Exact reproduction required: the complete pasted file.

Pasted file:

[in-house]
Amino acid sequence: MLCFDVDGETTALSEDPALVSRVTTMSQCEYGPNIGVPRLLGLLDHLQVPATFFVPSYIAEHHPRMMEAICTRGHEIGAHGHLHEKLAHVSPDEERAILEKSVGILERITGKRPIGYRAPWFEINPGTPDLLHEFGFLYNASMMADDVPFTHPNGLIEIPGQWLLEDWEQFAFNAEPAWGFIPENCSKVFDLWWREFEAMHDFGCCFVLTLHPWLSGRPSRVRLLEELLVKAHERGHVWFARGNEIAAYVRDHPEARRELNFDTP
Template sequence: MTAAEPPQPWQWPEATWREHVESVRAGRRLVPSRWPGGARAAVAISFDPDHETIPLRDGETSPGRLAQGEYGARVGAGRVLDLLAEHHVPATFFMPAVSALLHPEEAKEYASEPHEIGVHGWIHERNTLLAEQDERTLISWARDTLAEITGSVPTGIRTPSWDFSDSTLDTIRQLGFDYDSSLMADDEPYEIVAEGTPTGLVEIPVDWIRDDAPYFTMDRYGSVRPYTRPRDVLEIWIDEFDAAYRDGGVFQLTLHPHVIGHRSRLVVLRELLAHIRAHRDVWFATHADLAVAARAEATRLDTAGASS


[in-house]
Amino acid sequence: MLCFDVDGETTALSEDPALVSRVTTMSQCEYGPNIGVPRLLGLLDHLQVPATFFVPSYIAEHHPRMMEAICTRGHEIGAHGHLHEKLAHVSPDEERAILEKSVGILERITGKRPIGYRAPWFEINPGTPDLLHEFGFLYNASMMADDVPFTHPNGLIEIPGQWLLEDWEQFAFNAEPAWGFIPENCSKVFDLWWREFEAMHDFGCCFVLTLHPWLSGRPSRVRLLEELLVKAHERGHVWFARGNEIAAYVRDHPEARRELNFDTP
Template sequence: MTAAEPPQPWQWPEATWREHVESVRAGRRLVPSRWPGGARAAVAISFDPDHETIPLRDGETSPGRLAQGEYGARVGAGRVLDLLAEHHVPATFFMPAVSALLHPEEAKEYASEPHEIGVHGWIHERNTLLAEQDERTLISWARDTLAEITGSVPTGIRTPSWDFSDSTLDTIRQLGFDYDSSLMADDEPYEIVAEGTPTGLVEIPVDWIRDDAPYFTMDRYGSVRPYTRPRDVLEIWIDEFDAAYRDGGVFQLTLHPHVIGHRSRLVVLRELLAHIRAHRDVWFATHADLAVAARAEATRLDTAGASS